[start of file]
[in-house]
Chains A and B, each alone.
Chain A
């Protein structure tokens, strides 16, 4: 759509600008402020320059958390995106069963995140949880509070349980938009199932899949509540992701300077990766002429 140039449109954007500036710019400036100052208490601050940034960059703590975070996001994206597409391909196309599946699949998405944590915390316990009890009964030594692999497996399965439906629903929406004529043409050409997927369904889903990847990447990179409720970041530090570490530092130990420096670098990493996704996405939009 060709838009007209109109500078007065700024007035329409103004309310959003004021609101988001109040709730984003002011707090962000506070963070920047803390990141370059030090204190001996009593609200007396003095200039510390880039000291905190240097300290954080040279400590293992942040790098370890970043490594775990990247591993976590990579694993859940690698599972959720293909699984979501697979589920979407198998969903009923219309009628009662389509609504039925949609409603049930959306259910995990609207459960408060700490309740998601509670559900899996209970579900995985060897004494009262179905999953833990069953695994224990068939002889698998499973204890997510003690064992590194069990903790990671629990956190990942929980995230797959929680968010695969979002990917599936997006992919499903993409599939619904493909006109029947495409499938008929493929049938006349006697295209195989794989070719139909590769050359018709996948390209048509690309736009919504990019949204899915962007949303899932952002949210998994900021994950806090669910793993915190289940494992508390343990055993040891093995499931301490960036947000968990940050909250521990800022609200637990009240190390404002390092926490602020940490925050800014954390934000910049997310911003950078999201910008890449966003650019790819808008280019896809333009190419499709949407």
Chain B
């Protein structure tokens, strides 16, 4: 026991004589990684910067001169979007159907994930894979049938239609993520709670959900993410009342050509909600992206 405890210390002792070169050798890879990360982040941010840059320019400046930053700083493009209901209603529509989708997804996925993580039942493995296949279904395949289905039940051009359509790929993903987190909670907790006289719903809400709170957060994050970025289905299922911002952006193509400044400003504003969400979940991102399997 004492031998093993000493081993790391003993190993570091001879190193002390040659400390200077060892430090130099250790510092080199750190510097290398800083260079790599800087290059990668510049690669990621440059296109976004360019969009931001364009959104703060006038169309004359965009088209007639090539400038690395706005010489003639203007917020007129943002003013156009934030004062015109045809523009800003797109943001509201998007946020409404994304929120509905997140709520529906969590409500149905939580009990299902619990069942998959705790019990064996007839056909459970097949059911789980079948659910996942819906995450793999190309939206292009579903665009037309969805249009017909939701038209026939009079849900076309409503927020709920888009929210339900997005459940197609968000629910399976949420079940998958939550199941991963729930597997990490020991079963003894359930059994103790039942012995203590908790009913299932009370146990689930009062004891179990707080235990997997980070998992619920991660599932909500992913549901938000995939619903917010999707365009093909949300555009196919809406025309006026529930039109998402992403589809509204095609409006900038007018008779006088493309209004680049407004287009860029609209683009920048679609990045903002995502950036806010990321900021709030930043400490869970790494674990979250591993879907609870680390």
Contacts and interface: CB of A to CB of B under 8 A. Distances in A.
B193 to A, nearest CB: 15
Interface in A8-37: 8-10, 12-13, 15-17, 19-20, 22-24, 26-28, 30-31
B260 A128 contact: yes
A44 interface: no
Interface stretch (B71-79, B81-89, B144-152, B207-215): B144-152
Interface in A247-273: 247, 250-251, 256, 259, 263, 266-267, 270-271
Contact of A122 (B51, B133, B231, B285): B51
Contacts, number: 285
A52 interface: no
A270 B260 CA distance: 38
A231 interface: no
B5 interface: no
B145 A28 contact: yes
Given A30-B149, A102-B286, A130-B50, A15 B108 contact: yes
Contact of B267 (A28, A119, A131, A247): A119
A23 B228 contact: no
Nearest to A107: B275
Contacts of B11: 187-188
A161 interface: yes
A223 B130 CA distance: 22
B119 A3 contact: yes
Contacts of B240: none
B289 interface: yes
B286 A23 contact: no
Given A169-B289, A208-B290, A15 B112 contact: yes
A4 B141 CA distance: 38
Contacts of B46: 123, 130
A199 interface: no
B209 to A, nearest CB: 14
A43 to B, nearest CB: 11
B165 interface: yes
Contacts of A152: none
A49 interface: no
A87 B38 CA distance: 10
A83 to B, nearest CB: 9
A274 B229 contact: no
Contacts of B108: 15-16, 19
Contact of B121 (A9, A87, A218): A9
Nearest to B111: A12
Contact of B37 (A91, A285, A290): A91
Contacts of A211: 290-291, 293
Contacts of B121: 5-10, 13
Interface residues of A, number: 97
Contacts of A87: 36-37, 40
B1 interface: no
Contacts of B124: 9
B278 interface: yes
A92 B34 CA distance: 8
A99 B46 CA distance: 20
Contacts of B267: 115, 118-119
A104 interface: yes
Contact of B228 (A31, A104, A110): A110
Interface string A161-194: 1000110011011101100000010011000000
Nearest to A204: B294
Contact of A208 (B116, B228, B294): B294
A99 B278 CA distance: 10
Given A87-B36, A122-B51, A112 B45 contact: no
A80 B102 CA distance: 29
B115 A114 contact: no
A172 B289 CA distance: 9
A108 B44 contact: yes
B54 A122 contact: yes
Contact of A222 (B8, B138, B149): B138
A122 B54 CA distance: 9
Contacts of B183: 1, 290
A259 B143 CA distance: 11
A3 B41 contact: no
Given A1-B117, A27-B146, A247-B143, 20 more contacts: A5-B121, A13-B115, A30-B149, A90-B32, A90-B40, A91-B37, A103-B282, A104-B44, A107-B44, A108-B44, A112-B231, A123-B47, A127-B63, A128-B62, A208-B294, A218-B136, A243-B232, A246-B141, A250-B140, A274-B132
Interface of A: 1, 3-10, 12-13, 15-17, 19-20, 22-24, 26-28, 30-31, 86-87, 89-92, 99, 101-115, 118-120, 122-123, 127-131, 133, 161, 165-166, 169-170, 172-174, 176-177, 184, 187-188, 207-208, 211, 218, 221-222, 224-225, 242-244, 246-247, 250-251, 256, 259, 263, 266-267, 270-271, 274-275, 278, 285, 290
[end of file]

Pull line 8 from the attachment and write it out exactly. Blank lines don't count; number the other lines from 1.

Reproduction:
B193 to A, nearest CB: 15